By Jonathan Fowler
Addis Ababa, 16 July 2015 – The global importance of disaster risk reduction has received fresh international recognition, etched into a deal agreed today at the Third International Conference on Financing for Development.
The Addis Ababa Action Agenda aims to overhaul global finance practices and generate investments for tackling a range of economic, social and environmental challenges. It is replete with references to the need to fold risk reduction into development and financial policies, as climate change and rapid urbanization drive up the number of people and assets in danger from hazards such as floods and earthquakes.
Margareta Wahlström, Special Representative of the UN Secretary-General for Disaster Risk Reduction, told the conference that the deal in the Ethiopian capital “will have far-reaching consequences that will be measured in lives saved, losses averted and risks reduced.”
“We need to act now. Global average annual loss from disasters is estimated to increase from US$260 billion in 2015 to US$414 billion by 2030,” Ms. Wahlström said, noting that the blows were particularly severe for developing countries.
“If disaster risks are not reduced then future losses will impact on growth and development. When capital flows into hazard-prone areas, it leads to significant increases in the exposure of economic assets. If these trends continue, sustainability is compromised,” she added.
“Disasters and their risks are preventable. Financing for development plays a key role,” she said.
The Addis Ababa Action Agenda details the array of challenges faced, from weaknesses in the international financial and economic system exposed by the 2008 crisis, to the way shocks from financial and economic crises, conflict, disasters and epidemics spread like wildfire in an interconnected world.
It also cites how environmental degradation and climate change threaten to undermine past successes and future prospects.
The four-day talks came four months after the World Conference on Disaster Risk Reduction in the Japanese city of Sendai, the first in a series of international meetings tied to the post-2015 sustainable development agenda. Next is a summit on the Sustainable Development Goals in New York in September, and the international climate change talks on Paris in December.
“Coherence and mutually supportive strategies where disaster risk reduction intersects with finance, development and climate change decisions are critical to the success of the post-2015 agenda,” said Ms. Wahlström.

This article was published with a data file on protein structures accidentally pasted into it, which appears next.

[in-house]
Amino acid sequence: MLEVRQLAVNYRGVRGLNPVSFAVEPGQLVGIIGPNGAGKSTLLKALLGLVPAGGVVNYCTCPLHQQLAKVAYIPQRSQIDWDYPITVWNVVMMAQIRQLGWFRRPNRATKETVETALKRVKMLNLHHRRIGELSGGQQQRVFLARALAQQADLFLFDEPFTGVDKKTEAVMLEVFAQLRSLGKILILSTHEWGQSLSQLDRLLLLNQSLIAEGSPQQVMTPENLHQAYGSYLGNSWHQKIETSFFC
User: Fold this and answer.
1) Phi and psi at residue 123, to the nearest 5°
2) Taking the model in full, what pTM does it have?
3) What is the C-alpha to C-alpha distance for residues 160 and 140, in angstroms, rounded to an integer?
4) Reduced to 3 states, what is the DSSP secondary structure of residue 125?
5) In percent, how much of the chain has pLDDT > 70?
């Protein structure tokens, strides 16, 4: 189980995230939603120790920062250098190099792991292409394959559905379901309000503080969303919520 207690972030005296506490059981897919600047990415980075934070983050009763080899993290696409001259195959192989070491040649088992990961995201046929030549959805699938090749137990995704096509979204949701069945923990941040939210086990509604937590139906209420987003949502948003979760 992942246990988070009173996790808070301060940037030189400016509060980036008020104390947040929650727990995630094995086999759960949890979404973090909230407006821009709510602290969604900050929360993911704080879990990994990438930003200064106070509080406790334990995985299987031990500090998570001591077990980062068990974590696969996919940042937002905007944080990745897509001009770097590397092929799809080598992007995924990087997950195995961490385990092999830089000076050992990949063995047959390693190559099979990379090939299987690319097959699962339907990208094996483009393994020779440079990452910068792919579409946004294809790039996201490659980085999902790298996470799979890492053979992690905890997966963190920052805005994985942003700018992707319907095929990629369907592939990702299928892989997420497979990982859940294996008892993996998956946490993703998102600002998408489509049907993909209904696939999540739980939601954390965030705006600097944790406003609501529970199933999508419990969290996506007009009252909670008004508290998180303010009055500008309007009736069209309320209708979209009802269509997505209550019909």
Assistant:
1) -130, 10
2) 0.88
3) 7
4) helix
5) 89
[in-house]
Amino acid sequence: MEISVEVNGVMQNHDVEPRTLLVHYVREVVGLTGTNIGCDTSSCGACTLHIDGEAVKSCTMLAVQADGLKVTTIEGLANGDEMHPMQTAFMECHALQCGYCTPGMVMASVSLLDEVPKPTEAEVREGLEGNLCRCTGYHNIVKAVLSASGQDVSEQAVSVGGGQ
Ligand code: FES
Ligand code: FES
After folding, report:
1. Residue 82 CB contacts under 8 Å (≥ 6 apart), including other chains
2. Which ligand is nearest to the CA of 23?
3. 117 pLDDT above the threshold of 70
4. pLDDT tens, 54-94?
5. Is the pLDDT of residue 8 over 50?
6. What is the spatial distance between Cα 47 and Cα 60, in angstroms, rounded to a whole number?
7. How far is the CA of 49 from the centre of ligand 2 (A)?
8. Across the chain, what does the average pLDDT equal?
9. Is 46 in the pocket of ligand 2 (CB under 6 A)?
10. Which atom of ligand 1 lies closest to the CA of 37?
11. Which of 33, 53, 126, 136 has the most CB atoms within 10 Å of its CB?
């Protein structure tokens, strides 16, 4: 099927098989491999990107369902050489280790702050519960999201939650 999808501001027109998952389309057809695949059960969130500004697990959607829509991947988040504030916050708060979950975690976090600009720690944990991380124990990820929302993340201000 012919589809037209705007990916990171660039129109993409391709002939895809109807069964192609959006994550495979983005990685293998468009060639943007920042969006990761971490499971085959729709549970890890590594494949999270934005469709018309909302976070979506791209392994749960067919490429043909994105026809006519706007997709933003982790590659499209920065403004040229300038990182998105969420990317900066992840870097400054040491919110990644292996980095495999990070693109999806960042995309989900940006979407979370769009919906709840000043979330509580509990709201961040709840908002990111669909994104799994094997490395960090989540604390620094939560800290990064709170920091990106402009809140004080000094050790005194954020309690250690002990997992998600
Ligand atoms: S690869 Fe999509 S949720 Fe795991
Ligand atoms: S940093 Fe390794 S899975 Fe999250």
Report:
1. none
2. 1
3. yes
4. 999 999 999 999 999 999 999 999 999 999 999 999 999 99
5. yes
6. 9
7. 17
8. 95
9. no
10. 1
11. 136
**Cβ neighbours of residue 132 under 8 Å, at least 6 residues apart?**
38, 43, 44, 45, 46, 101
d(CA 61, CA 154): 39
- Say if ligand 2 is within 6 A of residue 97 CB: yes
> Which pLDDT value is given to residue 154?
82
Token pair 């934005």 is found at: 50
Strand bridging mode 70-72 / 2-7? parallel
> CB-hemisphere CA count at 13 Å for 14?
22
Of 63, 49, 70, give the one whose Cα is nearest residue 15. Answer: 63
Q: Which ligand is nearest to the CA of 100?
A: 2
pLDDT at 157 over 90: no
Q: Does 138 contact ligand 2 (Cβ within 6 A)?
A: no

The Sendai Framework for Disaster Risk Reduction, a 15-year agreement adopted in March, aims to drive better governance and understanding of disaster risk, greater investment in resilience and enhanced preparedness for effective response, recovery, rehabilitation and reconstruction.
It hinges on seven global targets including substantial reductions in disaster mortality, numbers of people affected, economic losses and damage to critical infrastructure from man-made and natural hazards.
The Addis Ababa accord is clear about the Sendai Framework’s importance.
“By 2020, we will increase the number of cities and human settlements adopting and implementing integrated policies and plans towards inclusion, resource efficiency, mitigation and adaptation to climate change, resilience to disasters. We will develop and implement holistic disaster risk management at all levels in line with the Sendai Framework. In this regard, we will support national and local capacity for prevention, adaptation and mitigation of external shocks and risk management,” it says.
It acknowledges how development finance can “contribute to reducing social, environmental and economic vulnerabilities and enable countries to prevent or combat situations of chronic crisis” related to conflict or disasters, and commits to promoting innovative financing to tackle risks.
It also notes that creditors have moved to ease repayments via debt rescheduling and cancellation following earthquakes, tsunamis and the Ebola crisis in West Africa.
UNISDR advocates a range of finance and development measures. Among them are risk-informed foreign direct investment; maintaining supply chains to ensure that trade continues to flow and investments are protected in the face of disasters; a stronger insurance system covering more people and communities to lessen the economic impact; and donor policies and projects that by design reduce disaster risk.
Ms. Wahlström underlined the benefits of direct private and public investment in risk reduction: “Annual investments of US$6 billion in appropriate disaster risk management strategies could generate benefits worth US$360 billion.”
UNISDR is working with partners to scale up safety nets for those most affected by disasters, and to leverage financial instruments such as insurance to help countries, businesses and households to manage impact. It also helps strengthen early warning systems essential for saving lives, livelihoods, and assets, and promotes risk-sensitive investments in urban and rural infrastructure, including healthy ecosystems.
“With such partnerships for action and recognition of the risk and costs of disasters in the post-2015 development agenda we can turn around the creation of new disaster risk and build communities that are safe, prosperous and sustainable,” said Ms. Wahlström.